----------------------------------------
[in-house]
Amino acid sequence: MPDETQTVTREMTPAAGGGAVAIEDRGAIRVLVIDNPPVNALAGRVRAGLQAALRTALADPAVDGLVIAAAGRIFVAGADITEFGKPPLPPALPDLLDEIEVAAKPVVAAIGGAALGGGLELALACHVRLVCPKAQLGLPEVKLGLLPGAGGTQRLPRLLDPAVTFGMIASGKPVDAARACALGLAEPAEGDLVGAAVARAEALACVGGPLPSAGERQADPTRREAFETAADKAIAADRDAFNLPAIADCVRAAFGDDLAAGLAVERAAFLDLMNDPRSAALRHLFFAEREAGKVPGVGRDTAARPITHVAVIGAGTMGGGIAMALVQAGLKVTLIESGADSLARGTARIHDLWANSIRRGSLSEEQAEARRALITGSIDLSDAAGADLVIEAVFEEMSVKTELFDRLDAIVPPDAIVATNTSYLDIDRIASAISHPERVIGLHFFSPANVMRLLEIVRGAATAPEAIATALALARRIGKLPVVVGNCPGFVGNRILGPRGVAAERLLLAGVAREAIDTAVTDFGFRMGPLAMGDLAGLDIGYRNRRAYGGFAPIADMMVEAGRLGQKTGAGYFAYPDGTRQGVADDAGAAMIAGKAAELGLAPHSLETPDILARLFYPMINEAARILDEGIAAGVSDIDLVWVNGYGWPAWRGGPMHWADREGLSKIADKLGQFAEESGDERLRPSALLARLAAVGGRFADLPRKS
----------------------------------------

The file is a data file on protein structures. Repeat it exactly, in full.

[in-house]
Amino acid sequence: MPDETQTVTREMTPAAGGGAVAIEDRGAIRVLVIDNPPVNALAGRVRAGLQAALRTALADPAVDGLVIAAAGRIFVAGADITEFGKPPLPPALPDLLDEIEVAAKPVVAAIGGAALGGGLELALACHVRLVCPKAQLGLPEVKLGLLPGAGGTQRLPRLLDPAVTFGMIASGKPVDAARACALGLAEPAEGDLVGAAVARAEALACVGGPLPSAGERQADPTRREAFETAADKAIAADRDAFNLPAIADCVRAAFGDDLAAGLAVERAAFLDLMNDPRSAALRHLFFAEREAGKVPGVGRDTAARPITHVAVIGAGTMGGGIAMALVQAGLKVTLIESGADSLARGTARIHDLWANSIRRGSLSEEQAEARRALITGSIDLSDAAGADLVIEAVFEEMSVKTELFDRLDAIVPPDAIVATNTSYLDIDRIASAISHPERVIGLHFFSPANVMRLLEIVRGAATAPEAIATALALARRIGKLPVVVGNCPGFVGNRILGPRGVAAERLLLAGVAREAIDTAVTDFGFRMGPLAMGDLAGLDIGYRNRRAYGGFAPIADMMVEAGRLGQKTGAGYFAYPDGTRQGVADDAGAAMIAGKAAELGLAPHSLETPDILARLFYPMINEAARILDEGIAAGVSDIDLVWVNGYGWPAWRGGPMHWADREGLSKIADKLGQFAEESGDERLRPSALLARLAAVGGRFADLPRKS